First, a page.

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Originally Posted by atl parent View Post
Advice-giving on a forum like this is often merely an opportunity for self-congratulation and the expression of unexamined biases. With that caveat...

Direct instruction of 'academics' to 2, 3, and 4 year olds is generally less helpful for their development than play, exploration, and socialization. Perhaps counter-intuitively, the best ways to improve a child's literacy and numeracy in elementary school is NOT to focus on teaching them letters and numbers in pre-school (you don't have to avoid it; it just shouldn't be a focus).

Look, I'm all for cognitive development. I'm a professor, my wife's got a PhD, our kids do extra math almost every day. But there is little that is better for cognitive development in children than play. It's remarkably complicated...it's hardly frivolous. Oh, and it's a lot more fun for the kids.
Exactly this. My kid's Reggio preschool is thoroughly pedagogical about the way it lets the children play and discover. It's super-educated teachers are philosophical about the way they ask questions to the children and open up avenues for exploration for them--but none of it is at a table in front of a piece of paper. My son thrived and was totally ready for Westminster when he got there--and ready did not mean he'd been drilled down on a bunch of facts/letters/numbers.

When he started pre first, he could count and measure and divide because he'd built things and planned construction projects with his friends.

He knew his letter sounds, but he couldn't read. What he could do was ask good questions about the world around him, stand up and explain a project he was working on. How sand behaves differently from water, how it behaves the same. How his body moves in space and what makes a shadow.

It pains me when I hear new parents speak about wanting an academic preschool so their children won't be behind.

Academics forced on 2 and 3 and 4 year olds are basically fun parlor tricks but don't help the children's development. Play does that.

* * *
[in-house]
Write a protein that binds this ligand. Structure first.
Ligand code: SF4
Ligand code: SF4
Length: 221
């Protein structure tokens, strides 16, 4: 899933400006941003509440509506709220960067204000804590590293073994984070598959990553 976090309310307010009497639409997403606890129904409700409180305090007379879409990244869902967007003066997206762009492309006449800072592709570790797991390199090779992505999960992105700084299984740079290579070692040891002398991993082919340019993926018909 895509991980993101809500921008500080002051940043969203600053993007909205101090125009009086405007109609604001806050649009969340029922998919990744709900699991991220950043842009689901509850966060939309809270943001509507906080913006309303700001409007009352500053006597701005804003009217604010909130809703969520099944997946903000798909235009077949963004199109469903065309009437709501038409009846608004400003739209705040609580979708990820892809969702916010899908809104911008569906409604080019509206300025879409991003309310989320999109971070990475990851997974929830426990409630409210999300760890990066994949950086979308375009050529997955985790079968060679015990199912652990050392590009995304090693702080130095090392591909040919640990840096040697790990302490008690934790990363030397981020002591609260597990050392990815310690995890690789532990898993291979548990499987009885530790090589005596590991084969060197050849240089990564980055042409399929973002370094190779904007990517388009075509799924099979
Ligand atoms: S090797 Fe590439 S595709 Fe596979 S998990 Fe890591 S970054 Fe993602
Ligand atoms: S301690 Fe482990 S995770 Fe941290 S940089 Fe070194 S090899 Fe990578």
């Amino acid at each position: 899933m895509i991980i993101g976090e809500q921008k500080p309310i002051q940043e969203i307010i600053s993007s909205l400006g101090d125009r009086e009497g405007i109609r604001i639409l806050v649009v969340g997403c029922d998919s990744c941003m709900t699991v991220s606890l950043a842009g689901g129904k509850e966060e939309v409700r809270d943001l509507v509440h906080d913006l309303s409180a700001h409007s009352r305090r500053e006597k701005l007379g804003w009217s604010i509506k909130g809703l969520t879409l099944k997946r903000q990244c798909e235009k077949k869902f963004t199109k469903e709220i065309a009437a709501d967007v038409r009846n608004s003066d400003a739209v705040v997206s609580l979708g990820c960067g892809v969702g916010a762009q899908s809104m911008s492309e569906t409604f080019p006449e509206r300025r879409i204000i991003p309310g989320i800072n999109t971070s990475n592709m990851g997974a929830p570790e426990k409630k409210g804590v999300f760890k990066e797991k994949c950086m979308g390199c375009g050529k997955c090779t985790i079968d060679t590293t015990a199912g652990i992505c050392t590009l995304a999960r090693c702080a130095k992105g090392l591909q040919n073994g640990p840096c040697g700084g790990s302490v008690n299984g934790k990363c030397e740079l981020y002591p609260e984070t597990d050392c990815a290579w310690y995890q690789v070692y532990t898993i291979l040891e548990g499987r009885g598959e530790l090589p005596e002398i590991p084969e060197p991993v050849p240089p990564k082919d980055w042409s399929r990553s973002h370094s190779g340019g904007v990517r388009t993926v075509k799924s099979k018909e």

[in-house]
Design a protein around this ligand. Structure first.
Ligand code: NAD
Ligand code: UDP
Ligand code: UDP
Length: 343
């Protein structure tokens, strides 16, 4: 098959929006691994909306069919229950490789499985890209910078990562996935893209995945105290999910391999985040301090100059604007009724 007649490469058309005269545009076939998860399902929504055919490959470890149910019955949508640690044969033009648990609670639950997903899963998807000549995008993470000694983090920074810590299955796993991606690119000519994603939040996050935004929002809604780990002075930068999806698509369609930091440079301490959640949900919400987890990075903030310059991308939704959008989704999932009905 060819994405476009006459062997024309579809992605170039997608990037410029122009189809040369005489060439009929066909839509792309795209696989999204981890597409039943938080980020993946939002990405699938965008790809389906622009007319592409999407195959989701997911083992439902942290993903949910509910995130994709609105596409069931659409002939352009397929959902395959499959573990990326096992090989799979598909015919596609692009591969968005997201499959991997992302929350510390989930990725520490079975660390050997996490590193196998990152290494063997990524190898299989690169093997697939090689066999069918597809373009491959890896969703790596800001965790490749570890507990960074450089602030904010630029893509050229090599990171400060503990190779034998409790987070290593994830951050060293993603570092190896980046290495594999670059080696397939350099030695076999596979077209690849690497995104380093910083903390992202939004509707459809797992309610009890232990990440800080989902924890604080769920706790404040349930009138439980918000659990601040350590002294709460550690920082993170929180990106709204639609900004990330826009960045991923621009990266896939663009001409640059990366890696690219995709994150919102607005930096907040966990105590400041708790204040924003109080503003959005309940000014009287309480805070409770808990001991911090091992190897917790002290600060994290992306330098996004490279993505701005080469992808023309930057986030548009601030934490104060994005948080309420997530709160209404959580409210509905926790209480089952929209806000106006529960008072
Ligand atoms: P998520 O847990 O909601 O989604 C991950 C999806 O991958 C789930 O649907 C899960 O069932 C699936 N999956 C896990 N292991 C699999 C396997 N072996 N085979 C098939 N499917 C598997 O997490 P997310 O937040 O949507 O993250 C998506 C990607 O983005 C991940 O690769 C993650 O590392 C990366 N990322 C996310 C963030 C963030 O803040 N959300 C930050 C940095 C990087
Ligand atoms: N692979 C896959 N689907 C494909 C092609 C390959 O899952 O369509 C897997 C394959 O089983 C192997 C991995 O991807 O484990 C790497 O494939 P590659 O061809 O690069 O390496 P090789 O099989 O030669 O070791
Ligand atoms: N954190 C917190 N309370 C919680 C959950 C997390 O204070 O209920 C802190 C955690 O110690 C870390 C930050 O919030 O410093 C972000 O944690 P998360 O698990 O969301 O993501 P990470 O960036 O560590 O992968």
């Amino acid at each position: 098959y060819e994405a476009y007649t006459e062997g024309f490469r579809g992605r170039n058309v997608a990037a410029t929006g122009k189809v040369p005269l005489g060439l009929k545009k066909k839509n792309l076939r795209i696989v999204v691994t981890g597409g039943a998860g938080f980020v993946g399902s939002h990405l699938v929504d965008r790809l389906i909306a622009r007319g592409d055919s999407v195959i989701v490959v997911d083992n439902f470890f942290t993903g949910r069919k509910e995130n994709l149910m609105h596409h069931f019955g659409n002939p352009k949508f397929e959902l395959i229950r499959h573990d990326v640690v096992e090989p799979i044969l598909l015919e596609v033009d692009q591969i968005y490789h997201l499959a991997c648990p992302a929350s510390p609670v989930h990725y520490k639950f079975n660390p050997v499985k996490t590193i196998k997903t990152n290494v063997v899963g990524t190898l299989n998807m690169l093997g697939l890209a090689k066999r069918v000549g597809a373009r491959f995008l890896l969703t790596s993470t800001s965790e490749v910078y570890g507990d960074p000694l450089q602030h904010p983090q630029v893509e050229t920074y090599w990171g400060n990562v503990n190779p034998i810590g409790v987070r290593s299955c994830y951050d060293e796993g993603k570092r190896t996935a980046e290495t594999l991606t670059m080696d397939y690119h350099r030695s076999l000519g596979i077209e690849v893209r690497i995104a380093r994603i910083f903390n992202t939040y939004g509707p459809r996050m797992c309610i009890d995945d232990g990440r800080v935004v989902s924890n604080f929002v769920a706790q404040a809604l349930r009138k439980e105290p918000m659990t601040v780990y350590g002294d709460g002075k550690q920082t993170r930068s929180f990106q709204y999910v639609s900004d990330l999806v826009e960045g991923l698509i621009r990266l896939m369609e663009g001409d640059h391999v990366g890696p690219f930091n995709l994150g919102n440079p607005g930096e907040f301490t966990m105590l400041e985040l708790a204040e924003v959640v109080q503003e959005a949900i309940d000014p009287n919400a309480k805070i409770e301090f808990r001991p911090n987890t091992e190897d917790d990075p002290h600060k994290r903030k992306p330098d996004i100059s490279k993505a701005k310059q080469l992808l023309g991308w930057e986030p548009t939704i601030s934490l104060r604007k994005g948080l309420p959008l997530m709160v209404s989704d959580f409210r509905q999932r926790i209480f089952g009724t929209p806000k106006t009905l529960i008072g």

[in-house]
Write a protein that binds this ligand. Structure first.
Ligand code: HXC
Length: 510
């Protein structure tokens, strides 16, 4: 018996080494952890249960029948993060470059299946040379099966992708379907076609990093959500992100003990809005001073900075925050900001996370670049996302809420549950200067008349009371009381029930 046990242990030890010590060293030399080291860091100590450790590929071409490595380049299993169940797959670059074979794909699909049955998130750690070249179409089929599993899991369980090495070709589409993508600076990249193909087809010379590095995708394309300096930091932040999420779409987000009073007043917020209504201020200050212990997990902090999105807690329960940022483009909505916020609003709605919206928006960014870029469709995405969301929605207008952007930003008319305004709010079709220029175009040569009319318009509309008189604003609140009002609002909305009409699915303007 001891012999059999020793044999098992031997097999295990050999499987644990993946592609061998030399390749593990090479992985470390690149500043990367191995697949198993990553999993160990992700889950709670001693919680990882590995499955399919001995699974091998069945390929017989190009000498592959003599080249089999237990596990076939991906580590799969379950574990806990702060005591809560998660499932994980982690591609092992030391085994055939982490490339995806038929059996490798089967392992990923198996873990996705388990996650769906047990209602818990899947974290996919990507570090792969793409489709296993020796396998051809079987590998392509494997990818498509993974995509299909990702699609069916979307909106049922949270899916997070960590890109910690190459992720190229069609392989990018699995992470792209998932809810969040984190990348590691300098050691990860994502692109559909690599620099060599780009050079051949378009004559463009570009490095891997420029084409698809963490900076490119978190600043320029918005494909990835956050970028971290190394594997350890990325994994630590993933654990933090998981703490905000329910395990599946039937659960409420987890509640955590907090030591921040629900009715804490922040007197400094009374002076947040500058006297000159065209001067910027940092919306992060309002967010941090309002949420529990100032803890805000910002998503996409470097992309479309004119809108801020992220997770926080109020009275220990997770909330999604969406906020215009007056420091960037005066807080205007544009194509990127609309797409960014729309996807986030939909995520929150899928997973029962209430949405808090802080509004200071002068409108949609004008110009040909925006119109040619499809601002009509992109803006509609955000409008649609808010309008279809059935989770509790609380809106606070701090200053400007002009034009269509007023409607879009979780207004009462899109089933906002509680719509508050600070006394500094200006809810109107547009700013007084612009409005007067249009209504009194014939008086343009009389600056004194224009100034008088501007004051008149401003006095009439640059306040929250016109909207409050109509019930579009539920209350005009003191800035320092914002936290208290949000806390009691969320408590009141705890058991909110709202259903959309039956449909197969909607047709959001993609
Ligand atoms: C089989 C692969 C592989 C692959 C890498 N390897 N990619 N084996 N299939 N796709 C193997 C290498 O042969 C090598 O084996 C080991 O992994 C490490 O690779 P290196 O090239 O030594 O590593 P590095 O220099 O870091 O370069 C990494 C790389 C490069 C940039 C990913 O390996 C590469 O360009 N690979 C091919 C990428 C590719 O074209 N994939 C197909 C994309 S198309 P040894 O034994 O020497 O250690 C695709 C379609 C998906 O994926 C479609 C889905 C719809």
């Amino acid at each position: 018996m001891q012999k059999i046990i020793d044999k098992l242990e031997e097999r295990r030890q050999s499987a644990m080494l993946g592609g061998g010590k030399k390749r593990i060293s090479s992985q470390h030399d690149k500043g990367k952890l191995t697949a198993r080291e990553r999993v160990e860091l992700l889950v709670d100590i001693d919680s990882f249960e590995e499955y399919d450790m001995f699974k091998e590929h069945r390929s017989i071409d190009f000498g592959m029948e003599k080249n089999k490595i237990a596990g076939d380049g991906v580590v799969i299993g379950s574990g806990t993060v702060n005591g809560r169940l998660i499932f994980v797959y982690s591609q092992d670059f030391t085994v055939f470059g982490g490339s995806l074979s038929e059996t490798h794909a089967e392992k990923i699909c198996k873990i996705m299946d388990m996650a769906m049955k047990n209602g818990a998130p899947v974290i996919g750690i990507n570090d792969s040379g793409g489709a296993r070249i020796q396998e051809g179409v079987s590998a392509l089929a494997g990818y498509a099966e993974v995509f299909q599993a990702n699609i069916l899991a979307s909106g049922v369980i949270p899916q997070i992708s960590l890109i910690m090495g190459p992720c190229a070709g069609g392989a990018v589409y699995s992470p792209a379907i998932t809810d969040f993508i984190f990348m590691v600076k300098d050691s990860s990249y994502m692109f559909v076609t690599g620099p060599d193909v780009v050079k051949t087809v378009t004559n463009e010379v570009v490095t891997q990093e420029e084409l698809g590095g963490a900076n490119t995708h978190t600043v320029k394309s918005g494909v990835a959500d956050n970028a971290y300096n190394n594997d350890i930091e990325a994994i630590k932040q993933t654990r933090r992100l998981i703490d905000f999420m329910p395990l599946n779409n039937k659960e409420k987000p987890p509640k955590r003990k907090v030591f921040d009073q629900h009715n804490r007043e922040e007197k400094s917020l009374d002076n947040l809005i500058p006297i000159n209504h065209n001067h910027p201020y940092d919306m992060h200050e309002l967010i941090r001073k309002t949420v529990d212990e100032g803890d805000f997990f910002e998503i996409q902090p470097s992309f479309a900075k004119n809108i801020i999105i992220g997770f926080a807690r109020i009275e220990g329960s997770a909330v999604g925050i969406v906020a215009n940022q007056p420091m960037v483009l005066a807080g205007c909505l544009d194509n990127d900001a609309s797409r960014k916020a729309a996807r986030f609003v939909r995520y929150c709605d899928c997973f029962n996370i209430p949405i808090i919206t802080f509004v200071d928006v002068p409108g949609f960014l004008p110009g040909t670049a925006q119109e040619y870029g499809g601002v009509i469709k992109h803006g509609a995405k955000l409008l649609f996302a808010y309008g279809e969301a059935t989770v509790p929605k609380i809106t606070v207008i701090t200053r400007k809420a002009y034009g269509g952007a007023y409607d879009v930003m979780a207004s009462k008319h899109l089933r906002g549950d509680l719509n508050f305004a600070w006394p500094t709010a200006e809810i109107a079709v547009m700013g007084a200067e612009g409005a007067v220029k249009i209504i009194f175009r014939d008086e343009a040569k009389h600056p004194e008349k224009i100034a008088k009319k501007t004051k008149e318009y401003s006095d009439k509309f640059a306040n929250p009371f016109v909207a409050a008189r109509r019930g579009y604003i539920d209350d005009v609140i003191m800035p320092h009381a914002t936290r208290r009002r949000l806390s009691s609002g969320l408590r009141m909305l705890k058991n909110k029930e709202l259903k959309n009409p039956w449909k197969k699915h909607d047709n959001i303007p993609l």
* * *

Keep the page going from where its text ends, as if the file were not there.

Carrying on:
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Old 09-17-2015, 02:53 PM
 
71 posts, read 41,120 times
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Quote:
Originally Posted by AtlJan View Post
Exactly this. My kid's Reggio preschool is thoroughly pedagogical about the way it lets the children play and discover. It's super-educated teachers are philosophical about the way they ask questions to the children and open up avenues for exploration for them--but none of it is at a table in front of a piece of paper. My son thrived and was totally ready for Westminster when he got there--and ready did not mean he'd been drilled down on a bunch of facts/letters/numbers.

When he started pre first, he could count and measure and divide because he'd built things and planned construction projects with his friends.

He knew his letter sounds, but he couldn't read. What he could do was ask good questions about the world around him, stand up and explain a project he was working on. How sand behaves differently from water, how it behaves the same. How his body moves in space and what makes a shadow.

It pains me when I hear new parents speak about wanting an academic preschool so their children won't be behind.

Academics forced on 2 and 3 and 4 year olds are basically fun parlor tricks but don't help the children's development. Play does that.